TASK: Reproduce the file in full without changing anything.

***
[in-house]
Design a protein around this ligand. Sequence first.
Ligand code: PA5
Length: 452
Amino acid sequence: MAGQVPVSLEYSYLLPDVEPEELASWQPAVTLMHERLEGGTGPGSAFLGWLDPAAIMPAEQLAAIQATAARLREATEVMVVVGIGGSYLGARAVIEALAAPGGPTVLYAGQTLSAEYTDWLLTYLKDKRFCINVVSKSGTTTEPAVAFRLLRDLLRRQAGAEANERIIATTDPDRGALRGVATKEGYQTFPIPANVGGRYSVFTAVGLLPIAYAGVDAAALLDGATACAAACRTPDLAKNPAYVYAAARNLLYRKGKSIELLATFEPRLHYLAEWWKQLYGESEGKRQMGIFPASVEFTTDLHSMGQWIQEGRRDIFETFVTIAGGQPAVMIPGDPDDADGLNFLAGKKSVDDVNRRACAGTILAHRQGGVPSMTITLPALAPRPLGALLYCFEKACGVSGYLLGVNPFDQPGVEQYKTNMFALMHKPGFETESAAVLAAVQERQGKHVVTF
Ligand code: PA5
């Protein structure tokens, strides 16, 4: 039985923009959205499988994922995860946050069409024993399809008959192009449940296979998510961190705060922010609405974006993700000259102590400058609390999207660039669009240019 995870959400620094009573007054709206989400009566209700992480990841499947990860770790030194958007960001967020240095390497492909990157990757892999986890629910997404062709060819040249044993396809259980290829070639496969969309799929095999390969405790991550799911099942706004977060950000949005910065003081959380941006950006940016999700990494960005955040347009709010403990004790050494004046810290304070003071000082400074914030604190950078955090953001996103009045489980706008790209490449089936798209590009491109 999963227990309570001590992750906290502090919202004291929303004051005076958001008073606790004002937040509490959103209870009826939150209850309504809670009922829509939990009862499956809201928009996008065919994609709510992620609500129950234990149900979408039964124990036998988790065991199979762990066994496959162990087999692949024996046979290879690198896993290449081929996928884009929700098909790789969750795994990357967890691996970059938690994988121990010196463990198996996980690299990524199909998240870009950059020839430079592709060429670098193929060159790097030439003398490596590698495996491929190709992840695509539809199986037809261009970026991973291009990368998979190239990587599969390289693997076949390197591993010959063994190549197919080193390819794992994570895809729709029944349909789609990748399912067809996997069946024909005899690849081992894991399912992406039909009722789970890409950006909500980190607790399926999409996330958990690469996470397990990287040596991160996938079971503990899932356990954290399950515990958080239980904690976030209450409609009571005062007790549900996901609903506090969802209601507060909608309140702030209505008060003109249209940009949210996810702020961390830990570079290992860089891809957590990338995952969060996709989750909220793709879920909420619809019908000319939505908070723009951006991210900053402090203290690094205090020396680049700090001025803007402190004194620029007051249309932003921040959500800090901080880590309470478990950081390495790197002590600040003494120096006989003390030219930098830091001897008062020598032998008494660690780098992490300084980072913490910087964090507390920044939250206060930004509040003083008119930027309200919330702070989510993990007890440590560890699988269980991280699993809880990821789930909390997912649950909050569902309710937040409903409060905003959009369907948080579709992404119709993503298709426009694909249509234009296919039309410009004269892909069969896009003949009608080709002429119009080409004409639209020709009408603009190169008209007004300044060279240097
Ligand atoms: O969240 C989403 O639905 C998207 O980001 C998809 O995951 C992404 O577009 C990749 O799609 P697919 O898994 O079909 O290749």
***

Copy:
[in-house]
Design a protein around this ligand. Sequence first.
Ligand code: PA5
Length: 452
Amino acid sequence: MAGQVPVSLEYSYLLPDVEPEELASWQPAVTLMHERLEGGTGPGSAFLGWLDPAAIMPAEQLAAIQATAARLREATEVMVVVGIGGSYLGARAVIEALAAPGGPTVLYAGQTLSAEYTDWLLTYLKDKRFCINVVSKSGTTTEPAVAFRLLRDLLRRQAGAEANERIIATTDPDRGALRGVATKEGYQTFPIPANVGGRYSVFTAVGLLPIAYAGVDAAALLDGATACAAACRTPDLAKNPAYVYAAARNLLYRKGKSIELLATFEPRLHYLAEWWKQLYGESEGKRQMGIFPASVEFTTDLHSMGQWIQEGRRDIFETFVTIAGGQPAVMIPGDPDDADGLNFLAGKKSVDDVNRRACAGTILAHRQGGVPSMTITLPALAPRPLGALLYCFEKACGVSGYLLGVNPFDQPGVEQYKTNMFALMHKPGFETESAAVLAAVQERQGKHVVTF
Ligand code: PA5
């Protein structure tokens, strides 16, 4: 039985923009959205499988994922995860946050069409024993399809008959192009449940296979998510961190705060922010609405974006993700000259102590400058609390999207660039669009240019 995870959400620094009573007054709206989400009566209700992480990841499947990860770790030194958007960001967020240095390497492909990157990757892999986890629910997404062709060819040249044993396809259980290829070639496969969309799929095999390969405790991550799911099942706004977060950000949005910065003081959380941006950006940016999700990494960005955040347009709010403990004790050494004046810290304070003071000082400074914030604190950078955090953001996103009045489980706008790209490449089936798209590009491109 999963227990309570001590992750906290502090919202004291929303004051005076958001008073606790004002937040509490959103209870009826939150209850309504809670009922829509939990009862499956809201928009996008065919994609709510992620609500129950234990149900979408039964124990036998988790065991199979762990066994496959162990087999692949024996046979290879690198896993290449081929996928884009929700098909790789969750795994990357967890691996970059938690994988121990010196463990198996996980690299990524199909998240870009950059020839430079592709060429670098193929060159790097030439003398490596590698495996491929190709992840695509539809199986037809261009970026991973291009990368998979190239990587599969390289693997076949390197591993010959063994190549197919080193390819794992994570895809729709029944349909789609990748399912067809996997069946024909005899690849081992894991399912992406039909009722789970890409950006909500980190607790399926999409996330958990690469996470397990990287040596991160996938079971503990899932356990954290399950515990958080239980904690976030209450409609009571005062007790549900996901609903506090969802209601507060909608309140702030209505008060003109249209940009949210996810702020961390830990570079290992860089891809957590990338995952969060996709989750909220793709879920909420619809019908000319939505908070723009951006991210900053402090203290690094205090020396680049700090001025803007402190004194620029007051249309932003921040959500800090901080880590309470478990950081390495790197002590600040003494120096006989003390030219930098830091001897008062020598032998008494660690780098992490300084980072913490910087964090507390920044939250206060930004509040003083008119930027309200919330702070989510993990007890440590560890699988269980991280699993809880990821789930909390997912649950909050569902309710937040409903409060905003959009369907948080579709992404119709993503298709426009694909249509234009296919039309410009004269892909069969896009003949009608080709002429119009080409004409639209020709009408603009190169008209007004300044060279240097
Ligand atoms: O969240 C989403 O639905 C998207 O980001 C998809 O995951 C992404 O577009 C990749 O799609 P697919 O898994 O079909 O290749």